3

Jesus claimed to be the God of the the Bible a few times, and he even used the scriptures to support his case (here is only a few verses to make this case): Jesus claimed to be God: Philip said to him, “Lord, show us the Father, and it is enough for us.” Jesus said to him, “Have I been with you so long, and you still do not know me, Philip? Whoever ...


2

Anyone who's served on a jury knows that the range of what constitutes "reasonable doubt" is pretty huge with only 12 people in the room. Make it a (much) bigger room, expand the pool to 6 billion, and you'll have a range from total credulity to solipsism. If your definition of God includes some sort of fairness, then the requisite self-disclosure should ...


2

It is, I suppose, conceivable that God is not bound by the laws of logic. But if true further discussion is impossible, as how are we to consider the possibilities except by using logic? I can't imagine how I could prove this either way. Will I present a logical proof that logic always applies? But if logic doesn't apply, then the proof is invalid, and the ...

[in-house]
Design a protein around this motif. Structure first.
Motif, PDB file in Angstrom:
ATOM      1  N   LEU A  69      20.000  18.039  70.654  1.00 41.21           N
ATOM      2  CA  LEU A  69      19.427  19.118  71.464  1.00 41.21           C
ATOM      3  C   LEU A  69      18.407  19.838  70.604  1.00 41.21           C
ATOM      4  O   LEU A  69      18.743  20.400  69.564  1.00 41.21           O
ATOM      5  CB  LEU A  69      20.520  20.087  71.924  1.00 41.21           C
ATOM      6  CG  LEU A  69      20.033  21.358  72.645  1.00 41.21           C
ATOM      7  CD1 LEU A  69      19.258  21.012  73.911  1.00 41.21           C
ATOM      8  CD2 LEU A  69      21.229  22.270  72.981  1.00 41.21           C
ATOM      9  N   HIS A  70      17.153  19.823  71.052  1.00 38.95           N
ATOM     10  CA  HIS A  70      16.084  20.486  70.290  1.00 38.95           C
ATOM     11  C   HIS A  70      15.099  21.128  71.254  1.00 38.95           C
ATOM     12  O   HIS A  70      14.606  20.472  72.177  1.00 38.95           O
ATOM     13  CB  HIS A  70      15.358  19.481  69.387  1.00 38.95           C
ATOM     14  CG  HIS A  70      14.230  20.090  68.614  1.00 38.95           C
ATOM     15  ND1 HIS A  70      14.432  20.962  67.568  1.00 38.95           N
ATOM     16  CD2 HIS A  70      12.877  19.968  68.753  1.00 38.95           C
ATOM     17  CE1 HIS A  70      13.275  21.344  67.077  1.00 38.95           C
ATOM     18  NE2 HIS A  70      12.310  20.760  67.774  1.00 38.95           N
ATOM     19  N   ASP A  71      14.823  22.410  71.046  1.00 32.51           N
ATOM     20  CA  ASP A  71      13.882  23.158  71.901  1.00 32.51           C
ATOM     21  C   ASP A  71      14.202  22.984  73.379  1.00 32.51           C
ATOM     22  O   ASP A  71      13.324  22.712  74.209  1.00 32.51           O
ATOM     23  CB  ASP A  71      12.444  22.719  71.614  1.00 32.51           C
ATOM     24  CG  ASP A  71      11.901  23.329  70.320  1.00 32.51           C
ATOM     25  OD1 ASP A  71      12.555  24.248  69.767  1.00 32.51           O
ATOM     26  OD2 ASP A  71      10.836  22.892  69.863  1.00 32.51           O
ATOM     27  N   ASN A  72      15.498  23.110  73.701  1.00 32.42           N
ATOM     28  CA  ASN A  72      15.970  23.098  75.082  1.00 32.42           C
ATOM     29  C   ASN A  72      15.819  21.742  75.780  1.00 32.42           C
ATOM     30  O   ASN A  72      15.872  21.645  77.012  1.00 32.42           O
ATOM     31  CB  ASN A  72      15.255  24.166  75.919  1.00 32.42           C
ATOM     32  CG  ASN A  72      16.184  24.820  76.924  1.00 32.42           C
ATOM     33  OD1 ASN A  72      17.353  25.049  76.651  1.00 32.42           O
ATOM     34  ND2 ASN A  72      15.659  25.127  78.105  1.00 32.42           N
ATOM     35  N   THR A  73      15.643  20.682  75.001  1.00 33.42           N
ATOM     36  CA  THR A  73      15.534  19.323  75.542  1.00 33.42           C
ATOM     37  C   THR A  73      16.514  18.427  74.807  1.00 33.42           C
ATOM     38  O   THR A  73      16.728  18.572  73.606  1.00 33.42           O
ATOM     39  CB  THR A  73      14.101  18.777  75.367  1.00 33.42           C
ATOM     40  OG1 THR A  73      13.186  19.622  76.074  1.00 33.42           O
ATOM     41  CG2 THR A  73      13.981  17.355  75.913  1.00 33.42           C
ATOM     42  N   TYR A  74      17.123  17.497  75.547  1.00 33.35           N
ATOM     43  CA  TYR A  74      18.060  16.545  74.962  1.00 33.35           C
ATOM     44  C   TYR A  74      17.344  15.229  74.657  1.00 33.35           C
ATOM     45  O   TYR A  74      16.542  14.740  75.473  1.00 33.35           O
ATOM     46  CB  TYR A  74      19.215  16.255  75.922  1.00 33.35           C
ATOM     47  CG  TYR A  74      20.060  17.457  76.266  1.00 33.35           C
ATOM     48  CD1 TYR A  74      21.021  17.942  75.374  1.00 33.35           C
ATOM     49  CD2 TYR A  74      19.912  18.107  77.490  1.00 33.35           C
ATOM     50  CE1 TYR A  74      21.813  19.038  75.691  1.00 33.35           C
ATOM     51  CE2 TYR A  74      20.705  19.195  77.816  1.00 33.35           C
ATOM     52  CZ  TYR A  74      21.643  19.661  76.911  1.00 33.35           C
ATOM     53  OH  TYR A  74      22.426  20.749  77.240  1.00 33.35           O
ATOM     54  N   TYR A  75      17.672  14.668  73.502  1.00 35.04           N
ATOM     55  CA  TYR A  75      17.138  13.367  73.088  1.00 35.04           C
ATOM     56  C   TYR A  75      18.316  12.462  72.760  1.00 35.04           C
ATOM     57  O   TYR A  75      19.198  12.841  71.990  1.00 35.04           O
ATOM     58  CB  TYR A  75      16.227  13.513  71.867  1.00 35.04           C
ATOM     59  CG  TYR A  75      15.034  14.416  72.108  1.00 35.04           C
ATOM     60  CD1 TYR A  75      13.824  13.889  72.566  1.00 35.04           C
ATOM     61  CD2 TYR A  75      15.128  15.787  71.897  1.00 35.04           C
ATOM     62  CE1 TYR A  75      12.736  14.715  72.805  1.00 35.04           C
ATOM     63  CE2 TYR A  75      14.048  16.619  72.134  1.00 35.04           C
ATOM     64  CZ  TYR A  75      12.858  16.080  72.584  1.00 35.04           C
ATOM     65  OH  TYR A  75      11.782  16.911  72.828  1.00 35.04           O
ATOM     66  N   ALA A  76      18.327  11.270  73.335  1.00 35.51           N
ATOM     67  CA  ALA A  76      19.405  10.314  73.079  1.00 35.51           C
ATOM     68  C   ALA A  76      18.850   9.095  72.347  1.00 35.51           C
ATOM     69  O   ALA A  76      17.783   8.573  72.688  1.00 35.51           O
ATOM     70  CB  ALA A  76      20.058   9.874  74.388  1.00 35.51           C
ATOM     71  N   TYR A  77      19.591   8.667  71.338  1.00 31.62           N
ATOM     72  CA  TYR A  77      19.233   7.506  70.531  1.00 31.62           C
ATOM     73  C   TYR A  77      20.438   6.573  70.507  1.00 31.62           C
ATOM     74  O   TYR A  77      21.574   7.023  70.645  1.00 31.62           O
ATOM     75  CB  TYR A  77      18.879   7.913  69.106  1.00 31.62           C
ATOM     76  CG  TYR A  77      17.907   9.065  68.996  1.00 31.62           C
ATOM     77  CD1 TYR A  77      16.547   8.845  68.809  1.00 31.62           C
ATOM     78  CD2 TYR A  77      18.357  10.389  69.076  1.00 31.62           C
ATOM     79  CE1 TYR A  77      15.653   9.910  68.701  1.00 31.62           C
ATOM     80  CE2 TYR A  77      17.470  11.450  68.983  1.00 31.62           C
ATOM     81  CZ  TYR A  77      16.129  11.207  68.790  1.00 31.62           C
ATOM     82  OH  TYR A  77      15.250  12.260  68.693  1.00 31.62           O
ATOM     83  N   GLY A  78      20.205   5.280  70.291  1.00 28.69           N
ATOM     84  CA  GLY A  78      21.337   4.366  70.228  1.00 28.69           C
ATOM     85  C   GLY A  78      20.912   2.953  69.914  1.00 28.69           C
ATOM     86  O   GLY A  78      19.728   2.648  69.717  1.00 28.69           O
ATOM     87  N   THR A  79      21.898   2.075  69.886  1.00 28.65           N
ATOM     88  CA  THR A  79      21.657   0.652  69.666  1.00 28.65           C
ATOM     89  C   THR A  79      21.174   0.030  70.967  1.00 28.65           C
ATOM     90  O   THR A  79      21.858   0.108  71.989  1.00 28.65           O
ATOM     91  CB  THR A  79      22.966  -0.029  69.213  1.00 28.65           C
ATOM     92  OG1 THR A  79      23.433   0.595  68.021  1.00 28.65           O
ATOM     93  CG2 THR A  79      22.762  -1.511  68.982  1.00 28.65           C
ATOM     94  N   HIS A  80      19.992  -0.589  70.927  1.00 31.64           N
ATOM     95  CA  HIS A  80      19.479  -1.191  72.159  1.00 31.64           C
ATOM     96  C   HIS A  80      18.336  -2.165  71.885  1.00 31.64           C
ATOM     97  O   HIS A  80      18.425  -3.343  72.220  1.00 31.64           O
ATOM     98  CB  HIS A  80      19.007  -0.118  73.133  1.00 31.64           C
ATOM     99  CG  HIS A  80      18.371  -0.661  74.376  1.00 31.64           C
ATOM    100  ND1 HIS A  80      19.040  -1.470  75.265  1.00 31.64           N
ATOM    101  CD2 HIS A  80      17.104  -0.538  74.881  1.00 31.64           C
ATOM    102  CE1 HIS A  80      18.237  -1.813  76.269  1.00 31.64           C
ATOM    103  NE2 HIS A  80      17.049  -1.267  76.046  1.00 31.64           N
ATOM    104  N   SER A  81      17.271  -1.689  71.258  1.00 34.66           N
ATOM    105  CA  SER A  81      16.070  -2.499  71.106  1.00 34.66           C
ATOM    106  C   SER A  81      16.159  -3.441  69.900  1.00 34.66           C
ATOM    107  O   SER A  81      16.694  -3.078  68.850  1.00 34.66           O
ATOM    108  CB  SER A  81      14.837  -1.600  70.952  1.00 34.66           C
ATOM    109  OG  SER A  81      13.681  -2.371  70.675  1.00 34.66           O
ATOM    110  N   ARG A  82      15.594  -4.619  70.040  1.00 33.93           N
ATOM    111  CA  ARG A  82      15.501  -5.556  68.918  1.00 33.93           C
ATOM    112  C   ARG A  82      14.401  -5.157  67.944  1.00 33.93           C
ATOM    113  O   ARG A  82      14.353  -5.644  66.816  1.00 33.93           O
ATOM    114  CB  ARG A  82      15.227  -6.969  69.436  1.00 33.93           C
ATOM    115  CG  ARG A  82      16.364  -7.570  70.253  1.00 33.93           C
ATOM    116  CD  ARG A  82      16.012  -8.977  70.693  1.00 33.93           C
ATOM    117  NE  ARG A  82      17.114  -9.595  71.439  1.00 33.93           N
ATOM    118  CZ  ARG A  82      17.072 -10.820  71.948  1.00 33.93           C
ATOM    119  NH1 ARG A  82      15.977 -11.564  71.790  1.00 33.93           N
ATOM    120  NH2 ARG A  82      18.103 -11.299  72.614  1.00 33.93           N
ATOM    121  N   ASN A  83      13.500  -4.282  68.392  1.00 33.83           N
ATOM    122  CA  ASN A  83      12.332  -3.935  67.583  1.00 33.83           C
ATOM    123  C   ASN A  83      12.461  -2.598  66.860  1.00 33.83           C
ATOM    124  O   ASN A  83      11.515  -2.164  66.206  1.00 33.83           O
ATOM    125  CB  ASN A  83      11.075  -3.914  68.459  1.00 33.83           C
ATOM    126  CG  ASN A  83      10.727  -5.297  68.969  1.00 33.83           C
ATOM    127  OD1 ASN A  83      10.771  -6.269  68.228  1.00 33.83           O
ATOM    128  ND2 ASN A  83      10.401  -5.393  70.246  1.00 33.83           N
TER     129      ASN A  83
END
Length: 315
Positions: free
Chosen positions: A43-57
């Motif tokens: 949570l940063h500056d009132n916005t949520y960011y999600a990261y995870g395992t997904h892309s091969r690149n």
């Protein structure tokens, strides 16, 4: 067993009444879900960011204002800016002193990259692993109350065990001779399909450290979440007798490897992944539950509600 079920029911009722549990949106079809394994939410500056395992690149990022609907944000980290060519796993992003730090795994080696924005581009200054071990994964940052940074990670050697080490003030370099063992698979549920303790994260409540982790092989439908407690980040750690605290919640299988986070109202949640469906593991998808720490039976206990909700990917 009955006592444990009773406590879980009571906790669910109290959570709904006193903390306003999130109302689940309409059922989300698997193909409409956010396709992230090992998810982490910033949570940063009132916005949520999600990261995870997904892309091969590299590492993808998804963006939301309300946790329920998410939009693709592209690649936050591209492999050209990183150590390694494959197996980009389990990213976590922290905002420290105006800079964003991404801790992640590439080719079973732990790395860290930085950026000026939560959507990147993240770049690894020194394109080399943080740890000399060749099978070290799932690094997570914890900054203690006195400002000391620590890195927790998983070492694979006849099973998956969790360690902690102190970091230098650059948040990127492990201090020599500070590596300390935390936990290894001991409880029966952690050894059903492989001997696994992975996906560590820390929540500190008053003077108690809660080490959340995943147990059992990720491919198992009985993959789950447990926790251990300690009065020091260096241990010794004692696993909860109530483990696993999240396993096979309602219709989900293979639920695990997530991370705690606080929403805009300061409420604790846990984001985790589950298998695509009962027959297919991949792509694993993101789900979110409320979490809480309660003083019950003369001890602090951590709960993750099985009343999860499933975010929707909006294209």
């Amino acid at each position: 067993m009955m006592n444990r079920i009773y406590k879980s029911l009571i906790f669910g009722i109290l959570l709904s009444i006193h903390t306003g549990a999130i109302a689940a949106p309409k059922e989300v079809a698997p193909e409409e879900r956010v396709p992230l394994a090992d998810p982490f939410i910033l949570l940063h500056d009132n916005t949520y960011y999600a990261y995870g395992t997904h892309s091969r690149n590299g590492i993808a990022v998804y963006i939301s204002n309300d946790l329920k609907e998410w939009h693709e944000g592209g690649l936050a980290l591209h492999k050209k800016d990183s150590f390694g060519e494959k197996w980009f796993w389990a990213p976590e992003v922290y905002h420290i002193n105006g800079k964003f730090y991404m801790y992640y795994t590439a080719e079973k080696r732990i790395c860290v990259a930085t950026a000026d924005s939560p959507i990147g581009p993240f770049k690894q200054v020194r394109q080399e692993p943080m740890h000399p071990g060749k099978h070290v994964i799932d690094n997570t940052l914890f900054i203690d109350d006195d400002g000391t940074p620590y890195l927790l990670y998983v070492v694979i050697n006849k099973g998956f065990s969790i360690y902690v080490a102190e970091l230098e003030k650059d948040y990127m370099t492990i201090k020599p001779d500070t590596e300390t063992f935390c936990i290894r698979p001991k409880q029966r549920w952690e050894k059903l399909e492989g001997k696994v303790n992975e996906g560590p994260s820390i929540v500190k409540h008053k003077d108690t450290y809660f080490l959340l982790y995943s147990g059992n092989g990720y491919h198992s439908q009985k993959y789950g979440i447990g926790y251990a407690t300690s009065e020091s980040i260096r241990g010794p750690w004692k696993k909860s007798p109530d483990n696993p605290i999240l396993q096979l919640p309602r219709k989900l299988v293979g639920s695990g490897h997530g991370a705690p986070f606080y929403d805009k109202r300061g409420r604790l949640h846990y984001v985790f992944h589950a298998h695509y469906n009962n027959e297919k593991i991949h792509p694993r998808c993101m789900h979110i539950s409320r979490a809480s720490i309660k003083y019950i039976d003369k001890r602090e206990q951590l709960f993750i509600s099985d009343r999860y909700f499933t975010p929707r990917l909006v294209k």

1

If you look at Calvin's commentary on Jude 9 you'll see nothing at all that suggests he thought that Michael is Jesus. Indeed, no one who has read Jude 9 could think so (except perhaps if they denied Jesus' divinity.) Wesley wrote about Jude 9 too.


1

I think the answer here is to be found in the glory of God. The catechism says that "Man's chief end is to glorify God and enjoy Him forever." That would sound silly if God were a mere man, or even someone as petty as the Greek or Norse gods. But if you take the God of the Bible, Who knows everything, is all-powerful, is all-good, and all-wise, then it seems ...